WASHINGTON (DTN) -- Reversing earlier losses, oil futures nearest delivery on the New York Mercantile Exchange and Brent crude on the Intercontinental Exchange settled Tuesday's session mostly higher. Futures were underpinned by expectations for large draws to have occurred in U.S. commercial crude and petroleum product stocks during the week-ended Feb. 19, as weather-related power and water outages in Texas, Oklahoma, Kansas, and New Mexico disrupted production and refining and are seen undermining a recovery in U.S. shale output in the coming weeks.
A host of smaller Permian-focused shale operators revised lower their first-quarter production outlook on Monday, giving the first indications of the hit to the industry caused by last week's winter storm. Some of the crude production lost to Winter Storm Uri in Texas, New Mexico and Oklahoma may never return to the market due to the cost of restarting a marginal well, according to Andy Lipow, president of Lipow Oil Associates. Marginal wells known as stripper wells can only produce a maximum of 15 barrels per day (bpd) of oil but account for nearly 19% of total U.S. oil production. Furthermore, a recovery can be constrained by soaring prices for steel and other metals used in pipes and wells.
Trafigura Group estimates roughly 40 million barrels (bbl) in oil output was lost in February, mainly from the Permian basin, with 1 million bpd of production possibly permanently shut-in.
Unplanned production losses in U.S. shale fields are compounded with a recovery in global oil demand, prompting major commodity funds and investment banks to revise higher their price outlook for the second and third quarters. Morgan Stanley estimates the global market has been 2.8 million bpd undersupplied, production versus demand, in January and February. If sustained, the first quarter could turn out to be the most undersupplied quarter since at least 2000.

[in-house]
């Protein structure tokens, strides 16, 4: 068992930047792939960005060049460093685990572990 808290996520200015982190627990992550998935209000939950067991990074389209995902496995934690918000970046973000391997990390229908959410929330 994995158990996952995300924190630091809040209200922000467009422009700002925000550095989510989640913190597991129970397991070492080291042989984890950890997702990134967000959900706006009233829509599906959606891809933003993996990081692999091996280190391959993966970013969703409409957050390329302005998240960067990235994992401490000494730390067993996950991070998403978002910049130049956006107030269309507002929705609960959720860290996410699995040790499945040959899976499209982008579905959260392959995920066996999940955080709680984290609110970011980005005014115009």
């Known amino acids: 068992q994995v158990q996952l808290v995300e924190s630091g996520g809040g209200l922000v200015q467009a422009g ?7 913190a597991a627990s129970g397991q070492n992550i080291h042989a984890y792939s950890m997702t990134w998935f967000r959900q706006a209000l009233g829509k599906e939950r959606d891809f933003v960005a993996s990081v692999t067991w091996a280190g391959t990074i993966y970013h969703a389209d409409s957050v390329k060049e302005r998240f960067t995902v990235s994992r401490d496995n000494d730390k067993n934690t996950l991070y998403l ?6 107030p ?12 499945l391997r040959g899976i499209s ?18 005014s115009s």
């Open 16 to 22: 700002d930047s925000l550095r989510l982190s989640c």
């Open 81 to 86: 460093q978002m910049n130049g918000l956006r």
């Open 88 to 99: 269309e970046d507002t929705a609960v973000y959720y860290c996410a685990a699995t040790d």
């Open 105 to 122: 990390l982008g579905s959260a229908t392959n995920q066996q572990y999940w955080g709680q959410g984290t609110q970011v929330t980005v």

This followed similar revisions from Goldman Sachs and Bank of America, with both seeing the price of Brent crude in the ballpark of $70 to $80 by midsummer.
"I will not be surprised if we see $80 a barrel in summer or before year-end and above $100 a barrel in the next 18 to 24 months," said Hayal Ahmadzada, Socar's chief trading officer.
He added that the Organization of Petroleum Exporting Countries and allies, which includes Russia, will likely taper production cuts and return to pumping crude at full tilt soon. Even so, it won't be enough. Even with Saudi Arabia and Texas producing, "the fear is that in 12 months there will be a shortage," he said. "It will drive the price very high very fast."
As a result of last week's shortfall, U.S. crude oil inventories are likely to have declined by a hefty 4.9 million bbl, according to analysts, with estimates ranging from a decrease of 10 million bbl to an increase of 3.1 million bbl. Gasoline stockpiles are expected to have fallen by 3 million bbl from the previous week and stocks of distillates are seen to have been drawn down 4.4 million bbl. Refinery runs are likely to have declined by a steep 8% to 75.1% of capacity, as the brutal winter storm in Texas forced several refineries to shut. Forecasts range from decreases of 17.5% to 1.1%.
After back-and-forth trade for most of the session, West Texas Intermediate futures for April delivery finished flat at $61.67 per bbl and front-month Brent futures on ICE gained 13 cents to $65.37 per bbl. NYMEX March ULSD future were up 0.94 cent to $1.8680 per gallon and the front-month RBOB contract gained 1.69 cent to $1.8586 per gallon.
Liubov Georges can be reached at email@example.com